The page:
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tegers is one or more than the given index as before.
1. Required the number of the log. 4.55241
The nearest log. which is less is 3.55230 its number is 3567.
The difference of these with three cyphers is for a dividend
Which quotient place after the first four figures found, and you have 3567916; and because the index is 4, the number will be 35679.16 required. 2. Required, the number answering to the log.
5.09901 The nearest log. to which is 3.09899, its No. 1256
Log. found 3.09899
35 Divisor 35)020006(57
Because the quotient consists of but two figures, prefix a cypher to it to make it three, and it is 057; which annexed to the first four found, is 1256057; and because the index of the given log. is 5, its number will be 125605.7
From what has been said on this head, the following problems may easily be solved by logariihms, viz.
Multiply 134 by 25.6
To the log. of 134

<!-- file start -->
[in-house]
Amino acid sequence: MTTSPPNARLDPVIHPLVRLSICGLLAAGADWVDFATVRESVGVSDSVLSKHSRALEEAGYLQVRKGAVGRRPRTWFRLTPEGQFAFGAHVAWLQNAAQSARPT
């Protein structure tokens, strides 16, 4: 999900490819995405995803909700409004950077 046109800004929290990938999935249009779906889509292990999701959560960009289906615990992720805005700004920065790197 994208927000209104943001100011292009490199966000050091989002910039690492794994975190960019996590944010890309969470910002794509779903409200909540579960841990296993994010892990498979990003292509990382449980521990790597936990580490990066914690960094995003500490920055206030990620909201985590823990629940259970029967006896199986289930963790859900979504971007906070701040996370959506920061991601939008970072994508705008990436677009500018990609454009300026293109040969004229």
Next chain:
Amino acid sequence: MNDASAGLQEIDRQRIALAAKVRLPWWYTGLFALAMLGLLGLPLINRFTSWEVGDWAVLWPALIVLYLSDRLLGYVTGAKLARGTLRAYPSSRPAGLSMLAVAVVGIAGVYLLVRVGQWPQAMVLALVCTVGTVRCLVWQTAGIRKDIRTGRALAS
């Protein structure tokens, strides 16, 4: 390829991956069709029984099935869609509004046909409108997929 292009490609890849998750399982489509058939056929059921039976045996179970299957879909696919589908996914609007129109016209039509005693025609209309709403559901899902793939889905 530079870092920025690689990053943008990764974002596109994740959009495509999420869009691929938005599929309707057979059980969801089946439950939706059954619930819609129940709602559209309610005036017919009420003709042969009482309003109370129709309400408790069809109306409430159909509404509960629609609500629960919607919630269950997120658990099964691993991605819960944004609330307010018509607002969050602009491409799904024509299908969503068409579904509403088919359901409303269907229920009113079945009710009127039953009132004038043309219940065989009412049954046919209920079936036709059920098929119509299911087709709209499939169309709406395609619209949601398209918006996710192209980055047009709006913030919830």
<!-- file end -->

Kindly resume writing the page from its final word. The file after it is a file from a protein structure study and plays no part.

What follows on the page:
The number answering to which sum, viz. 3430, is nearly the product of 133 by 25.6 and is the an
Again, multiply 234 by 36.
Again, what is the quotient of 30550 by 47 ?
From the log. of 30550 4.48501
2.81291 its number
is 650 the quotient required.
Three numbers in a direct proportion given, to find a fourth.
From the sum of the logarithms of the second and third numbers; deduct the logarithm of the first, the remainder will be the logarithm of the fourth required.
Let the three proposed numbers be 36, 48, 66, to find a fourth proportional.
To log. of 48
1.94448 the number is 88 the
Again, let three numbers be 240, 1440, 1230, to find a fourth proportional.
To the log. of 1440 3.15836
From the product 6.24827
3.86806 its number 7380
the 4th required.
To find the square of any given number.
Multiply the given number's logarithm by 2, and the product is the logarithm of its square.
To extract the square root of any given number.
Take half of the logarithm of the number, and that is the logarithm of its square root.
Required the square root of 1296.
Its half is
1.55630 its number is 36 the
square root of the number required.
By the manner of projecting the lines of chords, sines, tangents, and secants (being prob. 20 of geometry) it is evident, that if the radius be supposed any number of equal parts (as 1000 or 10000, &c.) the sine, tangent, &c. of every arc, must consist of some number of those equal parts; and by computing them in parts of the ra